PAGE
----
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A Simple and Compact Countermeasure for Maintenance and Enhancement of Neuromuscular Control During Spaceflight (80NSSC20K1585)
Research Area:
Biomedical countermeasures
Muscle physiology
Species Studied
Scientific Name: Homo sapiens Species: Human

Sensorimotor control is vital for successful execution of mission-critical tasks in microgravity, and on planetary and lunar surfaces. However, exposure to microgravity results in disruptions in sensorimotor, cardiovascular, and neuromuscular systems that can present as balance and gait disturbances, cardiovascular deconditioning, and loss of muscle mass, muscle coordination, and strength. Astronauts regularly participate in strength and conditioning programs to mitigate cardiovascular and strength decrements associated with space flight; however, recent research suggests sensorimotor-based countermeasures may be necessary to maintain functional performance following spaceflight. Neuromuscular control enables dynamic interactions with the environment via fast subcortical responses.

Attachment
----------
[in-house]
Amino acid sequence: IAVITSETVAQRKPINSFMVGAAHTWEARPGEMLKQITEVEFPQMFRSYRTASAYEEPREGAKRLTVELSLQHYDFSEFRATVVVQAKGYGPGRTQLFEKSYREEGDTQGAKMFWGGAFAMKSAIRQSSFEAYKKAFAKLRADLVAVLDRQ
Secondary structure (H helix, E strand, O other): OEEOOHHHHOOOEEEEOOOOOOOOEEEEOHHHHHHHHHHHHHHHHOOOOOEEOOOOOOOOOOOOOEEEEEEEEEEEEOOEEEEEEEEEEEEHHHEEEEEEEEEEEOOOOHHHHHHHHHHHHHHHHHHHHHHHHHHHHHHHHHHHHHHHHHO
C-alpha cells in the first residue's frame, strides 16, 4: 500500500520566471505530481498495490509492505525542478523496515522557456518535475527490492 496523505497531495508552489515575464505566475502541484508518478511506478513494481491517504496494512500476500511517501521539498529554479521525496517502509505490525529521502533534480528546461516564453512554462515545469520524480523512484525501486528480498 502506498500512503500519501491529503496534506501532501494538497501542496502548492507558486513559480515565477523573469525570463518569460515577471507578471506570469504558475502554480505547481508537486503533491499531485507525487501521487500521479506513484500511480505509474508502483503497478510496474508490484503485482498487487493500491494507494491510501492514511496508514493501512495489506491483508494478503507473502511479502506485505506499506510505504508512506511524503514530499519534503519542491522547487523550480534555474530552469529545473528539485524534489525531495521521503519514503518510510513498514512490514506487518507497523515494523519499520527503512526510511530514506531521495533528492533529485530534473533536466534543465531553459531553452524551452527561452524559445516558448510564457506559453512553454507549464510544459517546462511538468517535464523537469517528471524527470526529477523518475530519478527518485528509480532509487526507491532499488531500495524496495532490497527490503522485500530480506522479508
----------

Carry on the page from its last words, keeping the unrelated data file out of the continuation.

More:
Through this study, the researchers seek to examine the patented Leg Dexterity System (the leg version of the Valero Dexterity Test™ from Neuromuscular Dynamics, LLC) to enhance neuromuscular control and complement and amplify the efficacy of exercise as a countermeasure to neuromuscular performance decrements during and after space flight.
This experiment will address two hypotheses:
(1) Supplementing an eight-week strength and conditioning regimen with the Leg Dexterity System increases dynamic stabilization and neuromuscular control abilities.
(2) Despite the sex differences in dexterity levels reported in past research, there will be no sex difference in the amount of improvement in dynamic stabilization and neuromuscular control abilities.

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Muscle strength
Weightlessness countermeasures

Data Information
Data Availability
Archiving in progress. Data is not yet available for this experiment.

Single limb balance
Single limb hop and balance

Mission/Study Information
Mission Launch/Start Date Landing/End Date Duration
Ground 05/01/2009 In Progress

Additional Information
Managing NASA Center
Johnson Space Center (JSC)
Responsible NASA Representative
Institutional Support
National Aeronautics and Space Administration (NASA)
Proposal Date
Proposal Source
2019 HERO 80JSC019N0001-FLAGSHIP & OMNIBUS: Human Research Program Crew Health. Appendix A&B